Hunter and Nedelisky conclude that the overwhelming majority of the new science of morality contributes at level three—interesting, but nowhere close to providing a unifying foundation for morality, not to mention anything that approaches normative ethics. They conclude that the scientific quest ultimately ends up in moral nihilism, with morality being redefined essentially out of existence, replaced with subjective accounts of well-being or the admission that moral norms are arbitrary (191). They point out that the scientific quest continually overreaches, moving uncritically from the descriptive to the normative, then finally giving up the normative quest altogether.
The book is full of insightful commentary on the historical figures and the current evolutionary and neuroscientific bases for morality. The authors maintain that the neural or evolutionary basis for particular traits or virtues may be interesting but tell us nothing about whether they should be adopted or rejected (143). They’re insightful in their critique of contemporary “science of morality” advocates Michael Shermer and Sam Harris, in that they both make “assumptions about what is valuable, independent of science” (158). They also cite the shift of emphasis from morality being “a source of objective action-guidance” to “understanding morality socially (and psychologically) and prudentially” (183). They further point out that this quest for moral foundations has proceeded apart from any reflection on the dynamics of power and position (201–2). Scott B. Rae, “Morality Is Not Scientific” at The Gospel Coalition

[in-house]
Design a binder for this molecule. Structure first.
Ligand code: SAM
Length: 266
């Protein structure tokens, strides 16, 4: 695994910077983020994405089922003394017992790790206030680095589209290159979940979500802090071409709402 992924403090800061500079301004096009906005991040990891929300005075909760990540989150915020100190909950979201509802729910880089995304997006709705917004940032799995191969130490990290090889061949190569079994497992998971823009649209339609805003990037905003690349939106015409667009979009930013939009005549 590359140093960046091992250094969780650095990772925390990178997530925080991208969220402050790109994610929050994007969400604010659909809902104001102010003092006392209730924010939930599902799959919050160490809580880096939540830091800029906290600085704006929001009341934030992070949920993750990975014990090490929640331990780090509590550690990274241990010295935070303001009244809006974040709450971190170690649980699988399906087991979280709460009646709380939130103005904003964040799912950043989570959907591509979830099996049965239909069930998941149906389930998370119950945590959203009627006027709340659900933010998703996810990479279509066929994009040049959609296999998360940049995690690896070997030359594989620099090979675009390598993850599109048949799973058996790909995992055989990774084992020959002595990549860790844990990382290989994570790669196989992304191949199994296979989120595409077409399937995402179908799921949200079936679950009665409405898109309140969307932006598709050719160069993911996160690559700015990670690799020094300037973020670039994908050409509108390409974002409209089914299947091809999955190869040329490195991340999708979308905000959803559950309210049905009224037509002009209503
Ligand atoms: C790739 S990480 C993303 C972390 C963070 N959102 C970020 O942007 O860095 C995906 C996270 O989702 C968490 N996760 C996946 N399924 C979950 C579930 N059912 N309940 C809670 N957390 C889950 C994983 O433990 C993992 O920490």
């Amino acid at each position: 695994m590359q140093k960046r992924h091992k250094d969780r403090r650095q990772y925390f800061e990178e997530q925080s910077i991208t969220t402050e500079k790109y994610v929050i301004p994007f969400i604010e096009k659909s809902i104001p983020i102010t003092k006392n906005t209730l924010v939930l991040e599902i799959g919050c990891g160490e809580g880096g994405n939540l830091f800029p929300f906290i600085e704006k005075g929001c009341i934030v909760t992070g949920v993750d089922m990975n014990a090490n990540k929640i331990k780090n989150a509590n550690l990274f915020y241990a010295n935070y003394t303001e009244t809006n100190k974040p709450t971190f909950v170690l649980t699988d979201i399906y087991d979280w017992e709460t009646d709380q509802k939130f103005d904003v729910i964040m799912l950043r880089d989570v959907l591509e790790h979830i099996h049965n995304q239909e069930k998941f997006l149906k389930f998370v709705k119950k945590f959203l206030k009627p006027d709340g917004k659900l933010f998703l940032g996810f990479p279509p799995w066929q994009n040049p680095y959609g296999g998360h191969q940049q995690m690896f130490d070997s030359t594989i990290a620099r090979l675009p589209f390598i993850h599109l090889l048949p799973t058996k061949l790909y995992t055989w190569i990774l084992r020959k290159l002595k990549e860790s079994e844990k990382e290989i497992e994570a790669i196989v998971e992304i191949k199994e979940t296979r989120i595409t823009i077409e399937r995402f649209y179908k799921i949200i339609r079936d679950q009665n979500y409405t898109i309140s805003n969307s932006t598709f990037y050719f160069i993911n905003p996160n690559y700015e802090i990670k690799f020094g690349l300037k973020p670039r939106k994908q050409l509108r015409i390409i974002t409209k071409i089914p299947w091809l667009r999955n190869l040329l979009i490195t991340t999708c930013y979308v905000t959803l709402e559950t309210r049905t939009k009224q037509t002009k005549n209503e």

One outcome of morality becoming an uninspiring talkshop is that massive breaches of ethics are more difficult to address except in terms of the commotion they create, as opposed to the truths they violate or the individuals they harm.
See also: Science-Based Morality: 400 Years Of Failure?
The Failed Search For An Evolutionary Morality
Yes, The New Science Of Morality Can Ground Moralities In Science— All Of Them, In Fact
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